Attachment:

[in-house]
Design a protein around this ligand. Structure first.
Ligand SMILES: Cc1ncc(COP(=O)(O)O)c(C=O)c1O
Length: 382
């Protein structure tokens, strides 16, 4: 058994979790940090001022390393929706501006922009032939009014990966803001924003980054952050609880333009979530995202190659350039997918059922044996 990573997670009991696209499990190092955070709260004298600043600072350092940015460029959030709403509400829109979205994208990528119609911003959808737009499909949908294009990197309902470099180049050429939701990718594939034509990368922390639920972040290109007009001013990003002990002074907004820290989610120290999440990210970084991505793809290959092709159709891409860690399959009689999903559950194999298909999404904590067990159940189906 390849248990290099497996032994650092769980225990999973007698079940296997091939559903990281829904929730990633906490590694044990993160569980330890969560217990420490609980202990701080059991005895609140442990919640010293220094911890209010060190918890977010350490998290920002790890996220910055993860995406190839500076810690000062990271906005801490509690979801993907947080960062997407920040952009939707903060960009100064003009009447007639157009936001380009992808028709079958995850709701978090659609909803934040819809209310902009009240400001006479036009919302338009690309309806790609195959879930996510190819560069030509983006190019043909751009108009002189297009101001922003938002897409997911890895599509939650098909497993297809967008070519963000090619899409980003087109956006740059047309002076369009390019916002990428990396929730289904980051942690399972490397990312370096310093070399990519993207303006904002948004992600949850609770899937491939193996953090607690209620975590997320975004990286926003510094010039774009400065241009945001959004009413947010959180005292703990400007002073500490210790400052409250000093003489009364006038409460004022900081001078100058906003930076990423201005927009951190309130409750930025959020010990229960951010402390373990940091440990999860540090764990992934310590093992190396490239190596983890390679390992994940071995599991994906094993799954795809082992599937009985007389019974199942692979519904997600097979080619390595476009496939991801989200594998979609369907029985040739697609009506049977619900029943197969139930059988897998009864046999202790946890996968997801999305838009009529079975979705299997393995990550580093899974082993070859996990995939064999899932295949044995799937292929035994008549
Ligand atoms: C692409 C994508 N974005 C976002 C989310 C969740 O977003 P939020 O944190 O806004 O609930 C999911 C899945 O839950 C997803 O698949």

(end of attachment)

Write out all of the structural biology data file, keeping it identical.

[in-house]
Design a protein around this ligand. Structure first.
Ligand SMILES: Cc1ncc(COP(=O)(O)O)c(C=O)c1O
Length: 382
């Protein structure tokens, strides 16, 4: 058994979790940090001022390393929706501006922009032939009014990966803001924003980054952050609880333009979530995202190659350039997918059922044996 990573997670009991696209499990190092955070709260004298600043600072350092940015460029959030709403509400829109979205994208990528119609911003959808737009499909949908294009990197309902470099180049050429939701990718594939034509990368922390639920972040290109007009001013990003002990002074907004820290989610120290999440990210970084991505793809290959092709159709891409860690399959009689999903559950194999298909999404904590067990159940189906 390849248990290099497996032994650092769980225990999973007698079940296997091939559903990281829904929730990633906490590694044990993160569980330890969560217990420490609980202990701080059991005895609140442990919640010293220094911890209010060190918890977010350490998290920002790890996220910055993860995406190839500076810690000062990271906005801490509690979801993907947080960062997407920040952009939707903060960009100064003009009447007639157009936001380009992808028709079958995850709701978090659609909803934040819809209310902009009240400001006479036009919302338009690309309806790609195959879930996510190819560069030509983006190019043909751009108009002189297009101001922003938002897409997911890895599509939650098909497993297809967008070519963000090619899409980003087109956006740059047309002076369009390019916002990428990396929730289904980051942690399972490397990312370096310093070399990519993207303006904002948004992600949850609770899937491939193996953090607690209620975590997320975004990286926003510094010039774009400065241009945001959004009413947010959180005292703990400007002073500490210790400052409250000093003489009364006038409460004022900081001078100058906003930076990423201005927009951190309130409750930025959020010990229960951010402390373990940091440990999860540090764990992934310590093992190396490239190596983890390679390992994940071995599991994906094993799954795809082992599937009985007389019974199942692979519904997600097979080619390595476009496939991801989200594998979609369907029985040739697609009506049977619900029943197969139930059988897998009864046999202790946890996968997801999305838009009529079975979705299997393995990550580093899974082993070859996990995939064999899932295949044995799937292929035994008549
Ligand atoms: C692409 C994508 N974005 C976002 C989310 C969740 O977003 P939020 O944190 O806004 O609930 C999911 C899945 O839950 C997803 O698949």